Faculty Research Mentor Award for Sarah DuBrow

Lindsay Rait and Erika Moe
Expiration Date: 
Monday, August 1, 2022

Before her death shocked our department earlier this year, Dr. Sarah DuBrow was providing exceptional mentoring to her students. At the Undergraduate Research Symposium in May 2022, Sarah’s husband, faculty member Dr. Ben Hutchinson, accepted a faculty mentoring award on her behalf from the Center for Undergraduate Research and Engagement (CURE). 

Erika Moe, an undergraduate research assistant in Sarah’s lab, nominated Sarah for this award. Erika had been working closely with Sarah on a project inspired by her experiences with asynchronous classes during the COVID-19 pandemic. They decided to examine the impact of individual agency and choice-induced stress, a topic Sarah had done research on. Using an experimental design, they manipulated the number of options participants must choose from. To simulate structured learning, some participants were given two topics to learn about. The other participants were given eight topics to learn about, resulting in content overload. All participants then took a quiz 24 hours later, allowing Erika to determine how the learning structure impacted participants’ learning.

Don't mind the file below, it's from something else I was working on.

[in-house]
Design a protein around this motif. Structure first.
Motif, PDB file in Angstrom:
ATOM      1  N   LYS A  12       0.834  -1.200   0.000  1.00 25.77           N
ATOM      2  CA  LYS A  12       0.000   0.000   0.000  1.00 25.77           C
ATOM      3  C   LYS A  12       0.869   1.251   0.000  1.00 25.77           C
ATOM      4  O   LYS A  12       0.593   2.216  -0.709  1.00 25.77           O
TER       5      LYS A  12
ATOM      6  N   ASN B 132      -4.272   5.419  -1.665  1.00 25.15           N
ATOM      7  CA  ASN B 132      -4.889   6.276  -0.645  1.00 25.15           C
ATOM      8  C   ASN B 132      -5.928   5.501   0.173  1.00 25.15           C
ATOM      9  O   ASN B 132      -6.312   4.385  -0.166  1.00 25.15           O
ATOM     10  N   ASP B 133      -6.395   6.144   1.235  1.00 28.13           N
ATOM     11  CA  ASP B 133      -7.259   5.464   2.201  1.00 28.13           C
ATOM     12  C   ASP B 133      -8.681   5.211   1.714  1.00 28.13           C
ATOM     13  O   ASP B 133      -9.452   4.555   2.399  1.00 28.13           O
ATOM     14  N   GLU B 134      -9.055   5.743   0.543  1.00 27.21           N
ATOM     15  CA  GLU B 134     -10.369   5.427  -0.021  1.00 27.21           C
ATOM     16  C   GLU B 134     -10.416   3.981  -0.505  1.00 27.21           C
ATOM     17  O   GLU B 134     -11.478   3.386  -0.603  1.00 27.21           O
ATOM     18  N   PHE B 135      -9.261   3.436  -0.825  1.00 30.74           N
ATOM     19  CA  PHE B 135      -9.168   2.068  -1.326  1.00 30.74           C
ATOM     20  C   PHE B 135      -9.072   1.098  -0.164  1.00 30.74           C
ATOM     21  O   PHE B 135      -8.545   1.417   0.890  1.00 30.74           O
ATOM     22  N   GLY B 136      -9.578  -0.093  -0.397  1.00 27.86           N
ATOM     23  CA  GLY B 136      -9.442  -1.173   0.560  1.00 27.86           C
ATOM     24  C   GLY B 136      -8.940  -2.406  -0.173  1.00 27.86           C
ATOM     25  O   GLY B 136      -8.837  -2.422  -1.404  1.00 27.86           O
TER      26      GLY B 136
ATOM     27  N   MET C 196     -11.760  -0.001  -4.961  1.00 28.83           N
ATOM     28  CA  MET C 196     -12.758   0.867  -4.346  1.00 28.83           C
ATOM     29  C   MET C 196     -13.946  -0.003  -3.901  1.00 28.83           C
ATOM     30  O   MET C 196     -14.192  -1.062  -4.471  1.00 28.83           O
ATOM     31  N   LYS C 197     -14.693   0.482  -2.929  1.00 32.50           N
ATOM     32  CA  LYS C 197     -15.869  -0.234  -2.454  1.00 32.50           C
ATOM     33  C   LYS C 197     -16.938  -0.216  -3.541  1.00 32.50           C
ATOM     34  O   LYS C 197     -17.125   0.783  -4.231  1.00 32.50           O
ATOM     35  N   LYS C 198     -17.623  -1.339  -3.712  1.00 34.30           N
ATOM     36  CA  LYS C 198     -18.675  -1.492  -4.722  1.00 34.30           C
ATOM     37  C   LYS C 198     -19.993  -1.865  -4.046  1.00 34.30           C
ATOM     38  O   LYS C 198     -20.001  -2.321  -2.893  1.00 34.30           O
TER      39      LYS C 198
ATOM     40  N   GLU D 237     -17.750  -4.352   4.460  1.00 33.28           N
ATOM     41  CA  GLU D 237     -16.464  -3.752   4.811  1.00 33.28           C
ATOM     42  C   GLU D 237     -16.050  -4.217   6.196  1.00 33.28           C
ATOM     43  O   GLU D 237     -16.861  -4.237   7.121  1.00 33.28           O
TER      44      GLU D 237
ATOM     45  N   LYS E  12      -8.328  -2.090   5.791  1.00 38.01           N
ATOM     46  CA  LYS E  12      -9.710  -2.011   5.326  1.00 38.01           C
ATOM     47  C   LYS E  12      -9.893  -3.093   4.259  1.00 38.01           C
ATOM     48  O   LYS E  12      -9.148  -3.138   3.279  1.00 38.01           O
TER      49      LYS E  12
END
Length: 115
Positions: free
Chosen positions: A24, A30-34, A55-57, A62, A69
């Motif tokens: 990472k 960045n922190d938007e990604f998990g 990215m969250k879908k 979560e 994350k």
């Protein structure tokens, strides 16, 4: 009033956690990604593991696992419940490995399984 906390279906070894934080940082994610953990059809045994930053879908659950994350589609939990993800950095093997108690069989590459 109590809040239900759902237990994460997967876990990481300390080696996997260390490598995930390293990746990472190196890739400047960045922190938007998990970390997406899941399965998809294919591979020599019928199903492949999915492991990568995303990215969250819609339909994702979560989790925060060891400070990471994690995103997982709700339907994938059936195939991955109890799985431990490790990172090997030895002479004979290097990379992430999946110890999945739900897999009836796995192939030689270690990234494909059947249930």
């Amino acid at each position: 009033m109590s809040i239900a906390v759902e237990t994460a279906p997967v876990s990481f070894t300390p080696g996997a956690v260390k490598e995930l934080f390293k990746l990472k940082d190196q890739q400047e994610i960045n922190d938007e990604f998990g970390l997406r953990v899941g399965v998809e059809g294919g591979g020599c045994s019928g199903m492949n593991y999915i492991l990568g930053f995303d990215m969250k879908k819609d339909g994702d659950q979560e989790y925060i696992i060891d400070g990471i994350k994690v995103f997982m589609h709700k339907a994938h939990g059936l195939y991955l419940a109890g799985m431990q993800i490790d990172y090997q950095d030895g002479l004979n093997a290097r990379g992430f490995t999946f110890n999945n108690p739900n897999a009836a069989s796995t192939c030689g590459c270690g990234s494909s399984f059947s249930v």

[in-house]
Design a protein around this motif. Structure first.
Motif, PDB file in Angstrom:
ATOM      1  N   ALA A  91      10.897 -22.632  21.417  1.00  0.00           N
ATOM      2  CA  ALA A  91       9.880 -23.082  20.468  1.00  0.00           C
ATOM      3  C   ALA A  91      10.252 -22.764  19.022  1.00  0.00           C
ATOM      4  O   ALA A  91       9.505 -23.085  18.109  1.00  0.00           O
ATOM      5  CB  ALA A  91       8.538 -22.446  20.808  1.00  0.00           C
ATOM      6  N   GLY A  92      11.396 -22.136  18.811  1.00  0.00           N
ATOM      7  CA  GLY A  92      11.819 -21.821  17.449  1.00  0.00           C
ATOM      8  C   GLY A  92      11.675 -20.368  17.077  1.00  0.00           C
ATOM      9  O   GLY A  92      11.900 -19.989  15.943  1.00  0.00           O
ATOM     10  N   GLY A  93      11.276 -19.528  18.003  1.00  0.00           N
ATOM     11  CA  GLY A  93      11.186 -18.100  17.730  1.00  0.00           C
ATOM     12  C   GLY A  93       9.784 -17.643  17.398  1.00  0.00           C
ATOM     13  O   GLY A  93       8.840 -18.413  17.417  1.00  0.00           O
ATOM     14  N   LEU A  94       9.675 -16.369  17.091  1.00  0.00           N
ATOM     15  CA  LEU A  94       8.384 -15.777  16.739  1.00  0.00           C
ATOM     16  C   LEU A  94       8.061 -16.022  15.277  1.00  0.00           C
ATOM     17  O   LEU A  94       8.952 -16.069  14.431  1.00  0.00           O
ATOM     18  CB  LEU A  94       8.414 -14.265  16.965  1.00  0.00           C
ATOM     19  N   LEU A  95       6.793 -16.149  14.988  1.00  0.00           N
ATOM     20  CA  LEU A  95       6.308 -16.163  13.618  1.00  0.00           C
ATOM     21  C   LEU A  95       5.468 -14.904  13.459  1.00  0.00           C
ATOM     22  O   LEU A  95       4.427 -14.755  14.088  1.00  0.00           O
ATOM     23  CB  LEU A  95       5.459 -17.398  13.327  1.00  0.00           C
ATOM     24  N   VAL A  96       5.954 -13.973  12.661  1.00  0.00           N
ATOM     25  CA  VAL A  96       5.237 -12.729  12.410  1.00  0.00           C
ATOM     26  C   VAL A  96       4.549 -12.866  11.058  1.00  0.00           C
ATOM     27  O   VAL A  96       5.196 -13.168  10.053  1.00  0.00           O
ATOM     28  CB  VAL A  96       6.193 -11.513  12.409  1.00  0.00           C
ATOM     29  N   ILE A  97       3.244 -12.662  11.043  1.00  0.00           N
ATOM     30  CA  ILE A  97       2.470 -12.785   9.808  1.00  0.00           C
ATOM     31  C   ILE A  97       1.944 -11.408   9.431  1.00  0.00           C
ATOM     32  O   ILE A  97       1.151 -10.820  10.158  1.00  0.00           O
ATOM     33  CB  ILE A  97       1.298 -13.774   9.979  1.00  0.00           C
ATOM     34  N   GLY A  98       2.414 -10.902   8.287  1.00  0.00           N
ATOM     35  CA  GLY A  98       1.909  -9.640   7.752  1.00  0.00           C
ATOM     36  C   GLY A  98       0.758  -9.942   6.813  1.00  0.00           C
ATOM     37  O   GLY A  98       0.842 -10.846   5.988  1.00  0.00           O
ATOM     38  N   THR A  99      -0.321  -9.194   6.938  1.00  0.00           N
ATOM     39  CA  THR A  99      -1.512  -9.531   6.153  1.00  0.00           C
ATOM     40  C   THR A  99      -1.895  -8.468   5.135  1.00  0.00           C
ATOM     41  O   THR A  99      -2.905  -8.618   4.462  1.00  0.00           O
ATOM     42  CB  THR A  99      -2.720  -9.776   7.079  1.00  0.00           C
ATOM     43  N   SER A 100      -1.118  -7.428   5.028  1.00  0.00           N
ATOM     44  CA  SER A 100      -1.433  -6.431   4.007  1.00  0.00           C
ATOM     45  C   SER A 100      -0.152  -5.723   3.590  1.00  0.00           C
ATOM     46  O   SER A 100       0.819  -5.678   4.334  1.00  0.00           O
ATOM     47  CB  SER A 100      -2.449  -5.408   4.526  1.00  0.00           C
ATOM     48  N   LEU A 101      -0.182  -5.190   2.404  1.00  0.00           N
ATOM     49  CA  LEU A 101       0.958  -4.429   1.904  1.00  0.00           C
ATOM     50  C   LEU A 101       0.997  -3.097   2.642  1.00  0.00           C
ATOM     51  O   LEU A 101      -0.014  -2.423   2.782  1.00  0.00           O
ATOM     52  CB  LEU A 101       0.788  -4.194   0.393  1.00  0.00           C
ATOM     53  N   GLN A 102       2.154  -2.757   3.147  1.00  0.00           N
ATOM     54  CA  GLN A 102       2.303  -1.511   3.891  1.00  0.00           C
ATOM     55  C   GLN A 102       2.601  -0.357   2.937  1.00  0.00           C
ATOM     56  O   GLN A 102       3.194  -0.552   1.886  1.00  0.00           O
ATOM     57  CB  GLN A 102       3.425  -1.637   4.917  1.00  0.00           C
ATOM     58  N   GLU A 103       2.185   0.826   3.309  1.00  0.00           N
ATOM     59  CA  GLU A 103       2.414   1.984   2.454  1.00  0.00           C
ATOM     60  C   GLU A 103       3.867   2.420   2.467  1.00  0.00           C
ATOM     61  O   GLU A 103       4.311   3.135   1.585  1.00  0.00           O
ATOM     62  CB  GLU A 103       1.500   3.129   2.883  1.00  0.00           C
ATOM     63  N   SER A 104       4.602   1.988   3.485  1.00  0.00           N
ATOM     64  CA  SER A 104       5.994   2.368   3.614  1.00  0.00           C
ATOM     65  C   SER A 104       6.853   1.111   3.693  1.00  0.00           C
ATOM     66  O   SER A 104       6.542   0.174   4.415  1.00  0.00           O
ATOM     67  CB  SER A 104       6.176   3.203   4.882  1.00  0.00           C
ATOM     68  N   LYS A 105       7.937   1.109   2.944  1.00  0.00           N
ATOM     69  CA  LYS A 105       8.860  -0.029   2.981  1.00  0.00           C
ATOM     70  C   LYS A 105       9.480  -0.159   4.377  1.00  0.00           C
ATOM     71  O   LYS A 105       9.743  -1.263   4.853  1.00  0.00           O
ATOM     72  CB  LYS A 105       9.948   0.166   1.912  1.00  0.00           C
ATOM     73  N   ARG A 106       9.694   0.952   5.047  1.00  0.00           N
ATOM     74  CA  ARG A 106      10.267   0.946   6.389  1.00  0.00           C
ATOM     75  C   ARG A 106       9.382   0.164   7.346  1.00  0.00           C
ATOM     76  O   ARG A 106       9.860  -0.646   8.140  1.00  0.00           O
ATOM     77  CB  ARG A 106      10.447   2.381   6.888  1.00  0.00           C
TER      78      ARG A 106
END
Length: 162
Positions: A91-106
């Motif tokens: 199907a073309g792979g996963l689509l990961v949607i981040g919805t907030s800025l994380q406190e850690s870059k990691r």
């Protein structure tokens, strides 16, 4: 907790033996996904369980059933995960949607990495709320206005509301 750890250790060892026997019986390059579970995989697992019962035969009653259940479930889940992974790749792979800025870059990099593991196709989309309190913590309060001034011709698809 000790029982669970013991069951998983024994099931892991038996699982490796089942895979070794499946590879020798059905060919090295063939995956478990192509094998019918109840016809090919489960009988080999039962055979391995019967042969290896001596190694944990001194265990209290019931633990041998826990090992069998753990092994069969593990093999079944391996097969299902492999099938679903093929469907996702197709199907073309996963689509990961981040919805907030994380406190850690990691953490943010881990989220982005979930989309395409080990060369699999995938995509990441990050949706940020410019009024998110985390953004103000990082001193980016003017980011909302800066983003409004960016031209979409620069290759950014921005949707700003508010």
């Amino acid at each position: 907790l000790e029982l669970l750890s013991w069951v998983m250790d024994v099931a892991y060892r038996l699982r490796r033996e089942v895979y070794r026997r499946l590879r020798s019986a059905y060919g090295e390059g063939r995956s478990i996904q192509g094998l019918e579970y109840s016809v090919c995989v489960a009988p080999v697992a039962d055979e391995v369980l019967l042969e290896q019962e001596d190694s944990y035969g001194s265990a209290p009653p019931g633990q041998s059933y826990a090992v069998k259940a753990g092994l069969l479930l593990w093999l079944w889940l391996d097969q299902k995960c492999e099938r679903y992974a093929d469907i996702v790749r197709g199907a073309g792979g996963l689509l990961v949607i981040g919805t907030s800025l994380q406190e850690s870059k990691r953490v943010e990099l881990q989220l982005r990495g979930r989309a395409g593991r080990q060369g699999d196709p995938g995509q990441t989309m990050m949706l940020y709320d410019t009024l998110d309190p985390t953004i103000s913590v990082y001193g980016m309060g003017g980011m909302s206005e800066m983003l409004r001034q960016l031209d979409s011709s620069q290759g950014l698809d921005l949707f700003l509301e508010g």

Sarah had an incredible impact on Erika and many other students, providing guidance and bolstering confidence as they ventured into research. In an article written about the faculty receiving mentor awards this year, the Division of Undergraduate Education and Student Success described the community response to Sarah’s death and the impact she had on the lives of many. Within the article, Erika describes the lasting impression Sarah’s mentorship had on her: “Professor DuBrow gave me a chance when no one else would, was the spark for many other amazing things and she gave me the confidence, resolve and drive to continue pushing forward, even when things seem insurmountable.”

Lindsay Rait, a doctoral student who had been working closely with Sarah and Erika, stepped up to help Erika finish her research project. Despite the challenges, Lindsay acted without hesitation, knowing how much this project had meant to Sarah and wanting to honor her. She provided the support and guidance Erika needed to see the project through. Describing her experience, Lindsay said, “Sarah really cared about mentorship, especially promoting women in STEM and students from underrepresented backgrounds. I share similar values and knew how meaningful it would be to carry this on.”